Happiness is a choice.

11 Dec 2016

'Happiness is a choice'. I read that recently. 'If you have a roof over your head and food on your table you are richer than you think'.

I have those things. I have my own car; my own home; a beautiful, loving, affectionate cat to keep me company; some close friends and family members I can depend upon; my health (mainly); a decent job; I'm financially independent. I could go on listing things I have that confirm I am RICH! Rich, beyond my wildest dreams!

I've also spent the last week in a blur of panic attacks, tears, anxiety, and depression.

Am I a spoilt, needy, diva-esque individual who's never happy with her lot? Are my expectations so high that no matter what I have or who I'm with, it's never enough? I can answer that without a moment's hesitation. No.

I'm the kind of person whose heart lifts as she feels the sun on her skin; who feels every breath of wind; admires the loop-de-loops of leaves as they're whisked from the trees. I marvel at the world around me; I appreciate so much. We are engulfed in a myriad of incredible creations that I genuinely do acknowledge every day.

So why aren't I happy? Why isn't unwavering contentment coursing through my veins? Why aren't these things enough?

'Happiness is a choice'. Why can't I choose to be happy? I choose what to wear, what to eat. I choose all kinds of things. Why can't I choose something that will significantly improve my quality of life?

It's not that simple, that's why. Not if the teeth of depression have sunk themselves into you, like dogs dragging you down as you try to escape a gloomy alleyway over a chain link fence. There are a couple on the other side too, so you can't even use one last burst of energy to throw yourself over the top and escape. Nope. You're going nowhere. The good things in your life? They're waaaay over there. You can see them, smell them, hear them, but they're out of reach.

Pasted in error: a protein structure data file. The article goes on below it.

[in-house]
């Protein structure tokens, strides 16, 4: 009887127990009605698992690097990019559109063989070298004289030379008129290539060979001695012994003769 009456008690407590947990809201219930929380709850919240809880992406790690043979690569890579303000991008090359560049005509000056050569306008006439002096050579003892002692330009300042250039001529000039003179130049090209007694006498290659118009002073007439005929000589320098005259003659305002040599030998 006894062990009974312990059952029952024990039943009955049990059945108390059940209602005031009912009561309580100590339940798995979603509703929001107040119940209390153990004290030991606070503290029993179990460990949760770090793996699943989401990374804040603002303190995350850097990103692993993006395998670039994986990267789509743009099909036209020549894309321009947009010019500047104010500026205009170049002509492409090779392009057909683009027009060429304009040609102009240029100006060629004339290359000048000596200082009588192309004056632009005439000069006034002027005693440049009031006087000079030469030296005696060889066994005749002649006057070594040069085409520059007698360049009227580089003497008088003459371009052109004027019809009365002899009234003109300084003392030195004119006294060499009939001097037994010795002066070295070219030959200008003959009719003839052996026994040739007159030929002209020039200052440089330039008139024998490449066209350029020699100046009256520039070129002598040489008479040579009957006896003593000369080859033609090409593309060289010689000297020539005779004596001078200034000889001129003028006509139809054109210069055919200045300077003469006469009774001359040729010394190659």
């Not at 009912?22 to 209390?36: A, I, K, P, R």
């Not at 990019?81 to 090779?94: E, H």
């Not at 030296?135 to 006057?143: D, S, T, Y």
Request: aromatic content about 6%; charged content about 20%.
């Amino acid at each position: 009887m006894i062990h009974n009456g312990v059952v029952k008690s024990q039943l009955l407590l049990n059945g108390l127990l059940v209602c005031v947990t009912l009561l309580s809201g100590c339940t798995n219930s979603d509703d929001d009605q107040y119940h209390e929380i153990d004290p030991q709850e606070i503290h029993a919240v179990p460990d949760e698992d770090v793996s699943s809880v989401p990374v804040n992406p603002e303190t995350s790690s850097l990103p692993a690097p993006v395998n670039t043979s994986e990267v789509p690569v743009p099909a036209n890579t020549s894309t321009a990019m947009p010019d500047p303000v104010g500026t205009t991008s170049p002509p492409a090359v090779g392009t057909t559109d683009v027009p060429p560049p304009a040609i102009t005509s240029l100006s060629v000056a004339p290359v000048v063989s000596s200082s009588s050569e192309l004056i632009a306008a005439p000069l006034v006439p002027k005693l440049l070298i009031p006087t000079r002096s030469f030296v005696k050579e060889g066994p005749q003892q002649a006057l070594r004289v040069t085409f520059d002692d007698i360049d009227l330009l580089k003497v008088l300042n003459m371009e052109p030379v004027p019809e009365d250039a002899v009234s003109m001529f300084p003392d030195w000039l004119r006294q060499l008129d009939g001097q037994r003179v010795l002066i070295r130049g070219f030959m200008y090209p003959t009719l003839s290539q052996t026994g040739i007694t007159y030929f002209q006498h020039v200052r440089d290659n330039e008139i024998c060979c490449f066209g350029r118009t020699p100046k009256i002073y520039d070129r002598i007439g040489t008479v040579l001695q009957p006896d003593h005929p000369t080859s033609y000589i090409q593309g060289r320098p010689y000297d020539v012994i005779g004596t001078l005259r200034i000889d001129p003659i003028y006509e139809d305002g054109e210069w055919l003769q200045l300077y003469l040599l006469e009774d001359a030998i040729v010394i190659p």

I have two options. I can give in, let the dogs pull me to the ground and maul me to death. Or I can teeter as near to the top of that fence as I can get, hold on for dear life, and wait. Wait for the dogs to get bored and wander off to torment something else so I can haul myself over and collapse on the other side.

If only it took minutes like in the films. I could be up there for hours, days, weeks, maybe months? All I have faith in is time. Time will pass, whether I am here or not. I force myself to hang on, wait it out, refuse to give up. Eventually, the dogs will tire. The depression will loosen its grip. The chemicals in my brain will level out.

That's why I can't simply 'choose' happiness. If I could choose the right balance of chemicals in my brain, I would do it in a heartbeat. But I can't. All I can choose is ways to cope until the dogs leave me alone.


A Moodscope member.

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